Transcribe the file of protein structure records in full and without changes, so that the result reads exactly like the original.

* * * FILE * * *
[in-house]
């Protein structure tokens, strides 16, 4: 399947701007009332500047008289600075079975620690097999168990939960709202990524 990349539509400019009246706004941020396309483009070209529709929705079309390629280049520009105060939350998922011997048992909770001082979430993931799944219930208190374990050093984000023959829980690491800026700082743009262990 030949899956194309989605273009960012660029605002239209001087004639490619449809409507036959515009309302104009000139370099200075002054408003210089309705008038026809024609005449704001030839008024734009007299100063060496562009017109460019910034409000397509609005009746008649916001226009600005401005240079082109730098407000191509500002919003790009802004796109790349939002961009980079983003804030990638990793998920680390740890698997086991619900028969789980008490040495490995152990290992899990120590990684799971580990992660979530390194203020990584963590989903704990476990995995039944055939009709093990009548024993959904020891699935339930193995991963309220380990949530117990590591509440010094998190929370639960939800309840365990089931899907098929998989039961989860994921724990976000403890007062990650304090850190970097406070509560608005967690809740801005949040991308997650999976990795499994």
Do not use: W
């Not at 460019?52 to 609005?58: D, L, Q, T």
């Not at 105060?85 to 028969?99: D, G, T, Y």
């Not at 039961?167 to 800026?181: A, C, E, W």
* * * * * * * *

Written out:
[in-house]
């Protein structure tokens, strides 16, 4: 399947701007009332500047008289600075079975620690097999168990939960709202990524 990349539509400019009246706004941020396309483009070209529709929705079309390629280049520009105060939350998922011997048992909770001082979430993931799944219930208190374990050093984000023959829980690491800026700082743009262990 030949899956194309989605273009960012660029605002239209001087004639490619449809409507036959515009309302104009000139370099200075002054408003210089309705008038026809024609005449704001030839008024734009007299100063060496562009017109460019910034409000397509609005009746008649916001226009600005401005240079082109730098407000191509500002919003790009802004796109790349939002961009980079983003804030990638990793998920680390740890698997086991619900028969789980008490040495490995152990290992899990120590990684799971580990992660979530390194203020990584963590989903704990476990995995039944055939009709093990009548024993959904020891699935339930193995991963309220380990949530117990590591509440010094998190929370639960939800309840365990089931899907098929998989039961989860994921724990976000403890007062990650304090850190970097406070509560608005967690809740801005949040991308997650999976990795499994």
Do not use: W
């Not at 460019?52 to 609005?58: D, L, Q, T």
């Not at 105060?85 to 028969?99: D, G, T, Y």
């Not at 039961?167 to 800026?181: A, C, E, W």